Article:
KUALA LUMPUR: Shoddy work and poor finishing of new houses have driven Malaysians to engage building inspectors to give their property a thorough check.
Although the law provides a 24-month warranty for owners to refer defects to the developers, many house buyers do not know what to look out for.
The inspectors, whose fees range from RM500 to RM3,000, will examine a property and submit a report, which includes recommendations for follow-up action.
Those who use such services are mostly professionals and young couples in their 30s who are first-time house buyers.
The hiring of experts to give a piece of property the once-over is common in Singapore and countries in Europe, but has only recently caught on in Malaysia.
Leon Hamid, operations and liaison director of Specialised Surveying Solutions Sdn Bhd, which provides such a service, said more Malaysian house buyers were realising the need for experts to check their properties.
"With increased affluence and exposure, consumers are now more aware of their rights. Moreover, the reports of the inspectors could be used as evidence in case buyers wanted to take their developers to court," he said.
Since the company was set up in March last year, Leon has seen the number of clients increase from two to eight a month and enquiries had increased by 20 per cent.
Among the major defects commonly found on newly-completed houses are uneven or hollow flooring, as well as water seepage and leakage — all signs that point to poor workmanship and use of inferior materials.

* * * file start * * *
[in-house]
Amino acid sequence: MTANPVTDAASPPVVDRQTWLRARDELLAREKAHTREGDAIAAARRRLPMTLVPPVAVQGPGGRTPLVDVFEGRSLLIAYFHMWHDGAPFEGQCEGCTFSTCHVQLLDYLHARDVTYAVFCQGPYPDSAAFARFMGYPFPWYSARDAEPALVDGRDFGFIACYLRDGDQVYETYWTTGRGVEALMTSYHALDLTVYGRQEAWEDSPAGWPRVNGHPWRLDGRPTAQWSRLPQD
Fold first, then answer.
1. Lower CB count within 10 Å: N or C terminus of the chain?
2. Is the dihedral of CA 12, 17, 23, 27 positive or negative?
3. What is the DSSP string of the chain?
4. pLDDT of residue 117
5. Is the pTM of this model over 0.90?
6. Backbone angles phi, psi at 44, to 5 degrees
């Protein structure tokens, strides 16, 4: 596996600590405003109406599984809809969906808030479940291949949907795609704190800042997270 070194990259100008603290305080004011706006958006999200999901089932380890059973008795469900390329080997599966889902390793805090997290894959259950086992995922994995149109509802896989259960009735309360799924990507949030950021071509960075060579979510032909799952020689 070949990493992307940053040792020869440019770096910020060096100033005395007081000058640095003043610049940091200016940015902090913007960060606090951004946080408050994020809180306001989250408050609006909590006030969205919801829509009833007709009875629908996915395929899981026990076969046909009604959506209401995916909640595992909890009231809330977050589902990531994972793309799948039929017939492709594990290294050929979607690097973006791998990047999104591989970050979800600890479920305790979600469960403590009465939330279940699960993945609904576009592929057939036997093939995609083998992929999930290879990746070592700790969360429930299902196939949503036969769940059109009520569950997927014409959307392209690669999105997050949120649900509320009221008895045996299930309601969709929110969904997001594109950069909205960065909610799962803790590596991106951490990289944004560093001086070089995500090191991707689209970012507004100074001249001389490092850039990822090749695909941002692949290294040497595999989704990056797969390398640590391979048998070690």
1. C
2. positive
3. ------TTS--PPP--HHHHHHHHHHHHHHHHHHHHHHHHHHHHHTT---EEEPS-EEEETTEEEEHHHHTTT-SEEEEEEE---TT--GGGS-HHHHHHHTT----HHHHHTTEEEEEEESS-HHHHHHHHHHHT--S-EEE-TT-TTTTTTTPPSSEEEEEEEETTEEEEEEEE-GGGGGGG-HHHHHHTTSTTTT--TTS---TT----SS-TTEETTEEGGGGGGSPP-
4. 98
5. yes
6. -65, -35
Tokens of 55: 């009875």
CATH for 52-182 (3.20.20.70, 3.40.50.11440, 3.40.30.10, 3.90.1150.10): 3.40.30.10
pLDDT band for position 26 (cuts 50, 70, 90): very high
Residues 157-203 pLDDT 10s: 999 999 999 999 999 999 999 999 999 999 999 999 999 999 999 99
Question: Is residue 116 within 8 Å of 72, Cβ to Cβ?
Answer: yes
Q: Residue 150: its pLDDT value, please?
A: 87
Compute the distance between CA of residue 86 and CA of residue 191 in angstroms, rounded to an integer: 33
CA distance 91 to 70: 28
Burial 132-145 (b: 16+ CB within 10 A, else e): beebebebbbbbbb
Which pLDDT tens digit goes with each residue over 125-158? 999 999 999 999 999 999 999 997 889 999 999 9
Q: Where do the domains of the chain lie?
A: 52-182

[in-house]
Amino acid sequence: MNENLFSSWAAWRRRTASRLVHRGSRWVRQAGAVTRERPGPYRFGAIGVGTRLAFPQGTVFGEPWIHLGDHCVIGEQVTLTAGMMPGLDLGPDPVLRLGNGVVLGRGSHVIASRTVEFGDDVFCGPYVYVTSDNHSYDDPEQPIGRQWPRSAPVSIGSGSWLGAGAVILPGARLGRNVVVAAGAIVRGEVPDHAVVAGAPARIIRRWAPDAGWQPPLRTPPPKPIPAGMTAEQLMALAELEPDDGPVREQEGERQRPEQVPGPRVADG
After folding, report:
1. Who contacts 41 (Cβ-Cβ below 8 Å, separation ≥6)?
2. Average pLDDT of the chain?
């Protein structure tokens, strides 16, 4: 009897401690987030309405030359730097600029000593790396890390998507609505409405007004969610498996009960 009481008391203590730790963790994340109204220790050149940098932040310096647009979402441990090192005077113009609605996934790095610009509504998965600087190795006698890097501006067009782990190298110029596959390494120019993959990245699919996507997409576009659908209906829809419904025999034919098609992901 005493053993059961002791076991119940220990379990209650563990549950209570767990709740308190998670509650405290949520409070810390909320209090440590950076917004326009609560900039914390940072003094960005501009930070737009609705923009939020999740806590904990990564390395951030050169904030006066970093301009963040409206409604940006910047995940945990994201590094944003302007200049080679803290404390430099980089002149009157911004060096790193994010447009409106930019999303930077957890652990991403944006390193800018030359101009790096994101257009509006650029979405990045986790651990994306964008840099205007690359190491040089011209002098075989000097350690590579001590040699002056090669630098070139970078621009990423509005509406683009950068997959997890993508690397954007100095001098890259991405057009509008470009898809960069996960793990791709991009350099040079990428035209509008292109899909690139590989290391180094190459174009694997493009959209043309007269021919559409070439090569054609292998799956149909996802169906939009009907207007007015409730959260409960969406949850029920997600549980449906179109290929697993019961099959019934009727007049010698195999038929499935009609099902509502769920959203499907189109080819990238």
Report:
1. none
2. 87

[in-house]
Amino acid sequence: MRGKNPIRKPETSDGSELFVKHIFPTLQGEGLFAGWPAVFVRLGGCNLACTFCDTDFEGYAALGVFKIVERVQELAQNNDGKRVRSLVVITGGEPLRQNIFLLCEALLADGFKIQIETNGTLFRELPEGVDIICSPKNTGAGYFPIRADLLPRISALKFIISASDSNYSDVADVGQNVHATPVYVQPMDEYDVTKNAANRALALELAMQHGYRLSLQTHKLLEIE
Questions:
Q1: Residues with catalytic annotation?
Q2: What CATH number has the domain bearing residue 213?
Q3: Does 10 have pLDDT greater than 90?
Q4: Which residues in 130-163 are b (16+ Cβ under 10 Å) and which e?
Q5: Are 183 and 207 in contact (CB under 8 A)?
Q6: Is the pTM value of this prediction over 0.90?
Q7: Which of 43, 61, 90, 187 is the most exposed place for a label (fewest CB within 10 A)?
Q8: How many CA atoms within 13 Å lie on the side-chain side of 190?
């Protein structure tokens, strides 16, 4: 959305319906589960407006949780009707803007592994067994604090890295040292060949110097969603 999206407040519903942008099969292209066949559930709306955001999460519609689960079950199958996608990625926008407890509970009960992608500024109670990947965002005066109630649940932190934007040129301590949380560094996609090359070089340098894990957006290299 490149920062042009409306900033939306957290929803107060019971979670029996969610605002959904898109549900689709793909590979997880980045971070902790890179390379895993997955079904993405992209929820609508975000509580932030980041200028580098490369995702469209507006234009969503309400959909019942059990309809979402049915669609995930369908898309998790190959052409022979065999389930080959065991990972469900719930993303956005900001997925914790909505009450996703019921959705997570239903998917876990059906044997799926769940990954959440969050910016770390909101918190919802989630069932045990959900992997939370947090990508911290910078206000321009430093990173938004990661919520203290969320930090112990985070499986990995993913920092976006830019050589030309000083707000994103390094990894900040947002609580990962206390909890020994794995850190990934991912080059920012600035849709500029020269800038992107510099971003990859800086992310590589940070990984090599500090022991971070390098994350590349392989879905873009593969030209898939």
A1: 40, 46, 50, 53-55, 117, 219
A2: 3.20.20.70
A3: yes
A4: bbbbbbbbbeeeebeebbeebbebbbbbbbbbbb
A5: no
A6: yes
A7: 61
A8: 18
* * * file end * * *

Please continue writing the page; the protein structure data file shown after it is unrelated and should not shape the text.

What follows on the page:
Building surveyor Steven Yap said the awareness of the availability of such a service in the country was still low.
"Many are unaware that getting building inspectors to inspect their homes can save them a lot of heartache at the end of the day," he said.
"By getting these professionals to conduct defect checks, owners will be able to identify problems early and get them rectified before they escalate."
National House Buyers Association secretary-general Chang Kim Loong said house buyers should hire building inspectors to look into their new homes to preempt problems later.
"Buyers may not know what defects to look out for, and for a few hundred ringgit, these professionals can do a better job," he said.
Patrick Chong was among those who had engaged a building inspector to conduct defect checks on his newly-completed condominium.
The 38-year-old manager said the one-hour inspection unveiled problems like water seepage in the guest bedroom and leakage in the bathrooms.
"Of course, I was upset over these problems. But I was glad that I engaged the inspector because if I were to do this on my own, I won’t know what to look out for.
"After the inspector’s report was submitted to the developer, the problems were immediately rectified."